In the early morning hours of a Saturday this July, a farmer in an Indian village heard what sounded like panicked roars coming from an open well near his home. He was shocked to discover a leopard at the bottom of the 60-foot well, struggling to keep her head above water. Instead of assuming he was powerless and the situation pointless, this farmer began a chain of events that led to the leopard's rescue.
First he called the Maharashtra Forest Department, who then connected with us, and we immediately deployed a rescue team to the well. Initially, we lowered a bundle of sticks down to the water to provide a makeshift raft for the cat. The leopard was able to climb on and rest, buying time for the team to get a container prepared for the rescue. With dozens of people assisting, a steel box was lowered down the well shaft. This initially spooked the leopard, who fell off her buoy. However, she quickly recovered and within seconds jumped into the box and the door quickly shut behind her. She was then lifted out of the well like an elevator ride, examined for injuries, and finally released back into the wild.
It's always heartening to see people rally together to save an animal. We have watched people work to help wildlife caught in fires, deer stuck on ice, rhinos caught in floods, and so on. Each time we hear of such a rescue or watch one caught on video it leaves us impressed with the heroes among us. We are touched by the many stories of sacrifice and selflessness that humankind will make for other non-human beings.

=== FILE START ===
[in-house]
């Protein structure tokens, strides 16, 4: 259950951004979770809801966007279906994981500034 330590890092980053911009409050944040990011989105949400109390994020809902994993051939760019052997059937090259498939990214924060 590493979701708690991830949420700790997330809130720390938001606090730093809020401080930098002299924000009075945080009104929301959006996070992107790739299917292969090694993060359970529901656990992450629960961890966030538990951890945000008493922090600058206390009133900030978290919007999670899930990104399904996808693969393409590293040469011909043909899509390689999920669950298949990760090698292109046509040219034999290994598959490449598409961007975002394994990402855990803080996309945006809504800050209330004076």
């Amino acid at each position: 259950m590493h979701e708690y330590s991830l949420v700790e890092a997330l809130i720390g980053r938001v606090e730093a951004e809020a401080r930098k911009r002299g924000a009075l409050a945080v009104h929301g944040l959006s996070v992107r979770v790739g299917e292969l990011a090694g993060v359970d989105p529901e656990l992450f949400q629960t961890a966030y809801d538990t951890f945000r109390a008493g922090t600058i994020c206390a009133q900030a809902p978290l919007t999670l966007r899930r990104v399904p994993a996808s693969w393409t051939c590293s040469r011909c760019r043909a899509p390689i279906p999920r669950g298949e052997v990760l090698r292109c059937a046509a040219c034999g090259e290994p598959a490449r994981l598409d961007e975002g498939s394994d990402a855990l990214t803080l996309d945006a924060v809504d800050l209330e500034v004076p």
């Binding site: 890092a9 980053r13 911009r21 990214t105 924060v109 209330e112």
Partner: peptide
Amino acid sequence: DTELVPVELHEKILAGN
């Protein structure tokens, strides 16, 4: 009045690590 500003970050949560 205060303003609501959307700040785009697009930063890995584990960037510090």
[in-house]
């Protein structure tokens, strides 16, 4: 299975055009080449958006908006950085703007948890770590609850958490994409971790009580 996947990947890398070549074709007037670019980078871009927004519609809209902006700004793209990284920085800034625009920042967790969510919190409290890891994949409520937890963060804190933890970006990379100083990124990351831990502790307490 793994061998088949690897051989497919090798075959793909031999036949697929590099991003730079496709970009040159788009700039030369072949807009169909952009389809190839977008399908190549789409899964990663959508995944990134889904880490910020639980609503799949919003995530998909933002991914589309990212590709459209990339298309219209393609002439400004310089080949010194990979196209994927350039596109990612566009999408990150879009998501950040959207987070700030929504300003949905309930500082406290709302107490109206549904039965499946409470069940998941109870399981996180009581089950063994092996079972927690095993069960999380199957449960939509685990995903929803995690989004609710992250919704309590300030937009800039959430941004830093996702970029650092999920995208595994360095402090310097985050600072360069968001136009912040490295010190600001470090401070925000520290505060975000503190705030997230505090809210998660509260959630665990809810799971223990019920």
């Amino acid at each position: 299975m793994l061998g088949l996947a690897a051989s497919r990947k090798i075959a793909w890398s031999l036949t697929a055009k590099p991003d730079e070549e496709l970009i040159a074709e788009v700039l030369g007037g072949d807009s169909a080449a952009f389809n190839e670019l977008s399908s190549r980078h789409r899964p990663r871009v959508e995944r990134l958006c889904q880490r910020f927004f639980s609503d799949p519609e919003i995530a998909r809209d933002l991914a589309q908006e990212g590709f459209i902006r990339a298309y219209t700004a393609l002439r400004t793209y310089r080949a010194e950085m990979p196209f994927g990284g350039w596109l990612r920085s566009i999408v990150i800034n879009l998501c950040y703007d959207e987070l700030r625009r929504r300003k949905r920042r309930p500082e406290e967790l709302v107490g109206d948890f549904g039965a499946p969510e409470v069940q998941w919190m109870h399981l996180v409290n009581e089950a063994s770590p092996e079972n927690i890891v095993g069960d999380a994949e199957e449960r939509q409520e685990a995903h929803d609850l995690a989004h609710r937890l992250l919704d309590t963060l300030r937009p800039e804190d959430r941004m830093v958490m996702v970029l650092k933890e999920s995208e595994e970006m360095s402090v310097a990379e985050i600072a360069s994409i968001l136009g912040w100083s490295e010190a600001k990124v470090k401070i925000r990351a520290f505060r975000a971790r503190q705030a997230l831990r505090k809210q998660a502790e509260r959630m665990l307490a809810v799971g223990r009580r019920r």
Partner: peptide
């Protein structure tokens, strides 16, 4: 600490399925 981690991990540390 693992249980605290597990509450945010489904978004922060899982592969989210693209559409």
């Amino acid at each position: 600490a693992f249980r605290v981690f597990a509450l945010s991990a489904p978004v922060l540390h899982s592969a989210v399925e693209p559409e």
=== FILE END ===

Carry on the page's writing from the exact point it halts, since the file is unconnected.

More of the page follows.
But this one's special. What makes it so unusual is to see a mob of people pulling together to save a leopard, which is a predator capable of killing a fully grown man, and is a threat to peoples' farm animals (which can be their livelihood). Such predators are usually killed out of fear. But that wasn't the case here. Remarkably, the drowning leopard was not only brought to safety on land, she was also re-released into the wild and allowed to live free. She was condemned to neither death nor captivity.
As an organization that works to save and protect wildlife, success stories like these give us hope for the future. We've worked for over a decade in Maharashtra (the region where this rescue took place) to raise awareness and promote wildlife coexistence with humans. In our conservation experience, all too often the human attitude toward nearby wildlife is mere tolerance at best -- and outright extermination at worst. Usually the human reaction hinges on the species type: The more capable a species is of hurting or injuring humans or their livestock, the less tolerance that species is shown. So with this in mind, the teamwork demonstrated by several dozen people working together to rescue a leopard -- a wild carnivore -- gives us hope that attitudes are changing, and wildlife like leopards are starting to be seen as animals worth saving.